We use the common or culinary definitions of spices, herbs, and vegetables, not botanical or scientific ones. In general, spices are the dried seeds, seed pods, fruit, roots, bark, etc. of plants used for flavoring food. Herbs are leafy plants or parts of plants (leaves, flowers, petals, stalks) used for flavoring food. Vegetables are savory or less sweet edible plant products, used primarily for cooking or sometimes eating raw. Vegetables can include some botanical fruit. This category explicitly includes all culinary spices, herbs, and vegetables, as well as nuts (or anything with ‘nut’ in the name, including coconut), chile peppers, coffee, chocolate, spruce tips, rose hips, hibiscus, fruit peels/zest (but not juice), rhubarb, and the like. It does not include culinary fruit or grains. Flavorful fermentable sugars and syrups (e.g., agave nectar, maple syrup, molasses, sorghum, treacle, honey) or sweeteners (e.g., lactose) can be included only in combination with other allowable ingredients, and should not have a dominant character. Any combination of allowable ingredients may also be entered.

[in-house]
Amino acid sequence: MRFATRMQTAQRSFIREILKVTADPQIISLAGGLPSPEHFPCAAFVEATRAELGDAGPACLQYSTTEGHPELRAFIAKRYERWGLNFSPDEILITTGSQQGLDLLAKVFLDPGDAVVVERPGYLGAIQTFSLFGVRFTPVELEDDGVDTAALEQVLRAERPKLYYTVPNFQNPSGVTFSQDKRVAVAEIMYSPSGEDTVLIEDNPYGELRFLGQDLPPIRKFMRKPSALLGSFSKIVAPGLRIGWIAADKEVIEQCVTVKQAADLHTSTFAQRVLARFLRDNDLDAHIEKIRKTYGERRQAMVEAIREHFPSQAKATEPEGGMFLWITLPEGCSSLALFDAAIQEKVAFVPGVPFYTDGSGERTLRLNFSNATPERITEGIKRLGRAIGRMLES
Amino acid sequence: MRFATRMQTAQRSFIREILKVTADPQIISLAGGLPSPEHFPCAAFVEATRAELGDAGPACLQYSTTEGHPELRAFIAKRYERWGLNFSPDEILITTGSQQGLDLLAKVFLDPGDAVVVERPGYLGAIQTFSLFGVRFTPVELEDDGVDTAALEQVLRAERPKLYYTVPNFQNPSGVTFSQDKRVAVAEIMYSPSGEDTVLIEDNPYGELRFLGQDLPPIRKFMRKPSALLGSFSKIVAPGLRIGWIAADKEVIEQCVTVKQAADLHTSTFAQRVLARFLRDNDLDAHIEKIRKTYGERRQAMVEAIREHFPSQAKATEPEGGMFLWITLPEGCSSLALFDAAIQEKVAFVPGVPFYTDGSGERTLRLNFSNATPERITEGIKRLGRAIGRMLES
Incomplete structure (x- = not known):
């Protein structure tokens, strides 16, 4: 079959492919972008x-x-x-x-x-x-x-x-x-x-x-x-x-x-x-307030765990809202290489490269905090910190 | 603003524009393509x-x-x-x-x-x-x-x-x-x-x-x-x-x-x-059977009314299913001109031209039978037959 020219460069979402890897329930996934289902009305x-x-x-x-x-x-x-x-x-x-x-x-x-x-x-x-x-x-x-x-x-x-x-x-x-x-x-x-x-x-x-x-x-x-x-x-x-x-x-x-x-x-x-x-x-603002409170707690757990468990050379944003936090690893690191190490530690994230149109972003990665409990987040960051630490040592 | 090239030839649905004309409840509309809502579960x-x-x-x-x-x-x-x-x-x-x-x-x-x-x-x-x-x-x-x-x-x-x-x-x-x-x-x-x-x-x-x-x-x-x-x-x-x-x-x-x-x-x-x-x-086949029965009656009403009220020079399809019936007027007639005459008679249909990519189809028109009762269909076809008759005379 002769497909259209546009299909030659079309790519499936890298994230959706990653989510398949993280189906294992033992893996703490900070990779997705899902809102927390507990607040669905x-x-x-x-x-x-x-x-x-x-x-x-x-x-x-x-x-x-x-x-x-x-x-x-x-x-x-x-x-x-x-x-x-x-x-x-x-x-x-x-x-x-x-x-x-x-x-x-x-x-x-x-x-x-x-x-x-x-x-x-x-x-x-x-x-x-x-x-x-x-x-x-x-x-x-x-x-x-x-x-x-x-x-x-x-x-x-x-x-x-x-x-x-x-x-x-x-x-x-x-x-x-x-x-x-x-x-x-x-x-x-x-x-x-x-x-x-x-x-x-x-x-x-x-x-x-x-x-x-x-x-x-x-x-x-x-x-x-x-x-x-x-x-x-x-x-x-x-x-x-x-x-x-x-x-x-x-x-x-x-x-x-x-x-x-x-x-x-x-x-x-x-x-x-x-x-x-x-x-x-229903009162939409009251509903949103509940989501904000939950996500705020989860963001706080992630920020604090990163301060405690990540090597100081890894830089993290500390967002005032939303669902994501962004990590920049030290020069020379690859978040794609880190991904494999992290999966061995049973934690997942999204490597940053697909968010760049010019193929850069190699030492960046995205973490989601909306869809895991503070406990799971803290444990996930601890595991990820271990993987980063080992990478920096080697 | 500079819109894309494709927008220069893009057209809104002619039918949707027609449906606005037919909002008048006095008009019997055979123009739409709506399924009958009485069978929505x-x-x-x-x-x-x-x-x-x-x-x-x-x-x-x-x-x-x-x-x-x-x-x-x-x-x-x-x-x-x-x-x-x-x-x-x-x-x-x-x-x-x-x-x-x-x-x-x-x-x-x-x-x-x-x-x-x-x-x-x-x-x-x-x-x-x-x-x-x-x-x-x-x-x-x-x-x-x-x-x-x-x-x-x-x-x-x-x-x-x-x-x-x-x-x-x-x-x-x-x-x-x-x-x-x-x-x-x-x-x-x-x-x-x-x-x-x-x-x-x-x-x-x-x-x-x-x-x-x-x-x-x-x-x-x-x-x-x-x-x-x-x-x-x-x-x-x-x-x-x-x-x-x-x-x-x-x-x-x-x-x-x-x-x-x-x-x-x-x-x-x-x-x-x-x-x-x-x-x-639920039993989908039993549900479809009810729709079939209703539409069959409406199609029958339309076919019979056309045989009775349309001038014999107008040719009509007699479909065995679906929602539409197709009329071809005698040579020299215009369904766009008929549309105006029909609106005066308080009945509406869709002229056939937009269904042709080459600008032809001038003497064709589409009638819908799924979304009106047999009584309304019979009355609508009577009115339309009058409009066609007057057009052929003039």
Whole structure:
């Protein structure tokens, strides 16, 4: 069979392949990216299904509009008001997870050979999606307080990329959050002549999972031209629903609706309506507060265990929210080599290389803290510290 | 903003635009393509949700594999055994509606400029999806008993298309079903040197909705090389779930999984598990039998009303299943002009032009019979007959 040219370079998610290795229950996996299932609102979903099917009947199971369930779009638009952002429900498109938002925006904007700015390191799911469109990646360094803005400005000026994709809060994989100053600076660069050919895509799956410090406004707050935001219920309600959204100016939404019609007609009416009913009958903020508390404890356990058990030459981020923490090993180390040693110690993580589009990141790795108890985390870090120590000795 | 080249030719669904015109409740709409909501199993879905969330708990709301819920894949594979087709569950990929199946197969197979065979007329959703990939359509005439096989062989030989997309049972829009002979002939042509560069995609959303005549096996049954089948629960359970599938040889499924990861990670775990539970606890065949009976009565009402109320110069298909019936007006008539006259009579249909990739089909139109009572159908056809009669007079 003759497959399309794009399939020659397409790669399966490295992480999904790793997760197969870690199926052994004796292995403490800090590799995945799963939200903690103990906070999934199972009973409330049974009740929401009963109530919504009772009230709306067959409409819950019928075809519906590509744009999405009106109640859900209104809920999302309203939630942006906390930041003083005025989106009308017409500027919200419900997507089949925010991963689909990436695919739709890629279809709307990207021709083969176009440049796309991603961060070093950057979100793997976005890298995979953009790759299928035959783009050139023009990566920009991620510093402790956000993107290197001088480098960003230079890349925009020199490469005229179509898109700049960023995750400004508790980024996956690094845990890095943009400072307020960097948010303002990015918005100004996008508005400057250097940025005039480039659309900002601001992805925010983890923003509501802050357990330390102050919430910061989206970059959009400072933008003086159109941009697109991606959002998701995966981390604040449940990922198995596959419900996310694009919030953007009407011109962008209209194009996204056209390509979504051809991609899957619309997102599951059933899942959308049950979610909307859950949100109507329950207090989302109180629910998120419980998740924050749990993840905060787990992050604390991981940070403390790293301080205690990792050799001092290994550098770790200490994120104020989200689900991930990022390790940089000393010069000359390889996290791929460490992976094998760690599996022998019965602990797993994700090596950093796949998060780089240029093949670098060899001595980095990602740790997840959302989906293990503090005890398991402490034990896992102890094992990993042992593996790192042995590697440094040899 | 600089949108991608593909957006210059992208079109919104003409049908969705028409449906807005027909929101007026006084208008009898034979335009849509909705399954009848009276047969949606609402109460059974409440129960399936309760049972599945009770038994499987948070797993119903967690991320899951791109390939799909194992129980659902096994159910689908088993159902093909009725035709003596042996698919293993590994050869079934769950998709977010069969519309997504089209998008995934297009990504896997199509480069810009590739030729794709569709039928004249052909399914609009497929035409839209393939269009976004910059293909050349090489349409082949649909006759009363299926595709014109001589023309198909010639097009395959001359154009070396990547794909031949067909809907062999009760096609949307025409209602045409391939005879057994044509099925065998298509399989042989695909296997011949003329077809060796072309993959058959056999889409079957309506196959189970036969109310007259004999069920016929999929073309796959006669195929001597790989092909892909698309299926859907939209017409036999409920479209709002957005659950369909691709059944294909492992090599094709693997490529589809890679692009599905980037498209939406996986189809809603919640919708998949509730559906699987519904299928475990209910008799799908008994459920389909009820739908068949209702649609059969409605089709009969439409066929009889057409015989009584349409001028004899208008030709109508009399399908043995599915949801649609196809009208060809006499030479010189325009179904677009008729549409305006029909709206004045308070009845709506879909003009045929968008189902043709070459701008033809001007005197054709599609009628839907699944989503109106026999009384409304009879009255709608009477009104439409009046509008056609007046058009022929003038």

See Category 29 for a definition and examples of fruit. See the Introduction to Specialty-Type Beer section for additional comments, particularly on evaluating the balance of added ingredients with the base beer.
The description of the beer is critical for evaluation; judges should think more about the declared concept than trying to detect each individual ingredient. Balance, drinkability, and execution of the theme are the most important deciding factors.
The SHVs should complement the original style and not overwhelm it. Base style attributes will be different after the addition of SHVs; do not expect the beer to taste identical to the unadulterated base style.